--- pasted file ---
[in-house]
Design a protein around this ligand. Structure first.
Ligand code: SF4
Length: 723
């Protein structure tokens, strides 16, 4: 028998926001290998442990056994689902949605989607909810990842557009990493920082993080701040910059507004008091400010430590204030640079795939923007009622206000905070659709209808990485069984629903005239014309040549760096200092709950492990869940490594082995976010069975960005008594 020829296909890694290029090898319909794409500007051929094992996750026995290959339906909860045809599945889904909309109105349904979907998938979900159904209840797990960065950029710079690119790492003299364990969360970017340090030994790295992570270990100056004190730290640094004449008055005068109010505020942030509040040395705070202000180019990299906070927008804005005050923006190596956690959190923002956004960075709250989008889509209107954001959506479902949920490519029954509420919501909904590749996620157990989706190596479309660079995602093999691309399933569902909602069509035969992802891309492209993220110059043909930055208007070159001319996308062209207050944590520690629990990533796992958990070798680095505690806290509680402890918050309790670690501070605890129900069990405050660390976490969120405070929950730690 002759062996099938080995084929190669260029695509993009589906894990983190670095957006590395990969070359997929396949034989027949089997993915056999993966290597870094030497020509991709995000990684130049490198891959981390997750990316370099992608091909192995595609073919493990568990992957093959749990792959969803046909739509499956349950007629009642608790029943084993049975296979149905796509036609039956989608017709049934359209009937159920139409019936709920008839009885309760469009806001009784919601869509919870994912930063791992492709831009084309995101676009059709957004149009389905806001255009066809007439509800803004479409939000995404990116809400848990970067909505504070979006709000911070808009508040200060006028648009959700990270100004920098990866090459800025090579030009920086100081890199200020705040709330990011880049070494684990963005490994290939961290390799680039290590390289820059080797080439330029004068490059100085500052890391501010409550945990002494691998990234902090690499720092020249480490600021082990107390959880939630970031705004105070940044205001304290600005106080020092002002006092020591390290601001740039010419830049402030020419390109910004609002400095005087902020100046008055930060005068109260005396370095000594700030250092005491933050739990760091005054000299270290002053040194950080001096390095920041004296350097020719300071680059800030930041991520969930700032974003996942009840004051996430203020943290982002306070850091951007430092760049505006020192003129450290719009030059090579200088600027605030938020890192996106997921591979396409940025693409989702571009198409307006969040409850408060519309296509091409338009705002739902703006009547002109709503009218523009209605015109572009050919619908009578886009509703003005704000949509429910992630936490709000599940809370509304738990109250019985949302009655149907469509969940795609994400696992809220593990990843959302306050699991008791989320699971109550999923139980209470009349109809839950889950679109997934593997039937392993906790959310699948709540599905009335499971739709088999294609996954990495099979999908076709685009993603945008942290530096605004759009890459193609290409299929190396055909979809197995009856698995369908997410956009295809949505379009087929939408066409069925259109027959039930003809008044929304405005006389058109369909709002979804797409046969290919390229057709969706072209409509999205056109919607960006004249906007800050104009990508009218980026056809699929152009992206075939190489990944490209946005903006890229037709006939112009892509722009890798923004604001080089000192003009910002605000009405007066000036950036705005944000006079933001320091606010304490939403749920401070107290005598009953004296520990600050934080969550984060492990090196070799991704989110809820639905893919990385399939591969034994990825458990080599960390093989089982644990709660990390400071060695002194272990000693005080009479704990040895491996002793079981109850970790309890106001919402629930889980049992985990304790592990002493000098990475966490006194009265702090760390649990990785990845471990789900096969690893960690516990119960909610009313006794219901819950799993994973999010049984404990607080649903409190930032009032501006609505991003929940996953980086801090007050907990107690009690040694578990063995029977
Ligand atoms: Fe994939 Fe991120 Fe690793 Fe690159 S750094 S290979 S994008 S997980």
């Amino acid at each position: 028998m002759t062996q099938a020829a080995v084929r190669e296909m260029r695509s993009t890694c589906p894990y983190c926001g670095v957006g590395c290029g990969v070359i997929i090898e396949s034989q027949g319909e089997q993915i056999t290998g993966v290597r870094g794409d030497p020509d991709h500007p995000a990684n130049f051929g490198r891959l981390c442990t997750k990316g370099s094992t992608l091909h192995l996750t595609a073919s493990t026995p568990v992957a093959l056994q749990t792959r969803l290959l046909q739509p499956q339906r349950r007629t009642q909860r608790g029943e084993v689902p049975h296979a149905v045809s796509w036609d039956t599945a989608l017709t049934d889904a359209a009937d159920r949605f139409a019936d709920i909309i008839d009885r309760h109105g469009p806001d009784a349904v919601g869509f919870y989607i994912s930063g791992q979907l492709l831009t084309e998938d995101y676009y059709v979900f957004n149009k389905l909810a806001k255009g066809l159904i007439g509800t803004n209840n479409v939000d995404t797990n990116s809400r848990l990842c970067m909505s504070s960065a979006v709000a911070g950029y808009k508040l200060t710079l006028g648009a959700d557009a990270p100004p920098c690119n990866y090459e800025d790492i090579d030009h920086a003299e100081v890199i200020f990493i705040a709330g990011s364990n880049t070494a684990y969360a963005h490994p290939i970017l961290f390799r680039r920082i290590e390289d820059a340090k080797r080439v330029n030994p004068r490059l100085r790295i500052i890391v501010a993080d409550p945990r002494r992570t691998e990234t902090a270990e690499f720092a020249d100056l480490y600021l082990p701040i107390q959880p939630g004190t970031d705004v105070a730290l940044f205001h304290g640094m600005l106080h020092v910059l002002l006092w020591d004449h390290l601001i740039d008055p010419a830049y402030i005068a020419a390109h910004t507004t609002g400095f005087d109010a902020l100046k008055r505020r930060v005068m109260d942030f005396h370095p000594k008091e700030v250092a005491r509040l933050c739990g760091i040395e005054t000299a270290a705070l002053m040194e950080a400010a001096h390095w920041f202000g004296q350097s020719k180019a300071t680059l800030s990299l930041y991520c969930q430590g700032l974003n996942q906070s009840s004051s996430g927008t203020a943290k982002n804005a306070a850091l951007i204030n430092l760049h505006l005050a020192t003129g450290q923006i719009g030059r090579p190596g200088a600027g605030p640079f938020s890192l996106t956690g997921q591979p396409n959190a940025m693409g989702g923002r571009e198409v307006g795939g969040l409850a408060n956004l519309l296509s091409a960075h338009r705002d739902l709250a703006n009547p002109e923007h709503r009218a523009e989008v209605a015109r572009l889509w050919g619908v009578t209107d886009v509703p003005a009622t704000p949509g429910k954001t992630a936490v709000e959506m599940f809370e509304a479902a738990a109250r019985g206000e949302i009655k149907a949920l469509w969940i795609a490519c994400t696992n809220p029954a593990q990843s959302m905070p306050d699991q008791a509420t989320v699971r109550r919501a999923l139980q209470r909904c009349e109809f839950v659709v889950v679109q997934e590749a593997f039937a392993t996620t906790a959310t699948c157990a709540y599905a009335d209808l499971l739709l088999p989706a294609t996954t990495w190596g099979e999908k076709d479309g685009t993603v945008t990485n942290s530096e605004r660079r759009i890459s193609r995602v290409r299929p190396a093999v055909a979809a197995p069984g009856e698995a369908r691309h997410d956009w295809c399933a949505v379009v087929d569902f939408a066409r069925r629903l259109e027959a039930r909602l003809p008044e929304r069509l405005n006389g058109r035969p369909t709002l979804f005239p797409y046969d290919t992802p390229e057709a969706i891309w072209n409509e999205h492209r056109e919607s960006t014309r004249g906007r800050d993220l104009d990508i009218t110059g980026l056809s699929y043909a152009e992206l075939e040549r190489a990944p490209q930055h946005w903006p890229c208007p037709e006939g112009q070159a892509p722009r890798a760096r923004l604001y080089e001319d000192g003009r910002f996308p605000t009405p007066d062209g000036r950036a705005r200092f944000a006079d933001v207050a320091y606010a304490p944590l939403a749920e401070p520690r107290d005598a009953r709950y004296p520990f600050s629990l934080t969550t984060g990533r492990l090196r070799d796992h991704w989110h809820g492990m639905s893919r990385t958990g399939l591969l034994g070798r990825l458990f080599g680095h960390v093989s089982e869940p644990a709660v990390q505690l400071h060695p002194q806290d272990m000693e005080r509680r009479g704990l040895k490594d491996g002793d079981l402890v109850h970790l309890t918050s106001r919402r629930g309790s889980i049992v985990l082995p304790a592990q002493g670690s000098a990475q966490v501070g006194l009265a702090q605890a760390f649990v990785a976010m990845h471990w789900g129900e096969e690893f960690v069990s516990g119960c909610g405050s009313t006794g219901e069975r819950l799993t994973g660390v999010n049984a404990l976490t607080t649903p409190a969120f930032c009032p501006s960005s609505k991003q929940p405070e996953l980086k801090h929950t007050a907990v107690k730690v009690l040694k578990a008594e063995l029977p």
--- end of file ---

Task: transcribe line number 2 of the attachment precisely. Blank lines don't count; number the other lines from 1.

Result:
Design a protein around this ligand. Structure first.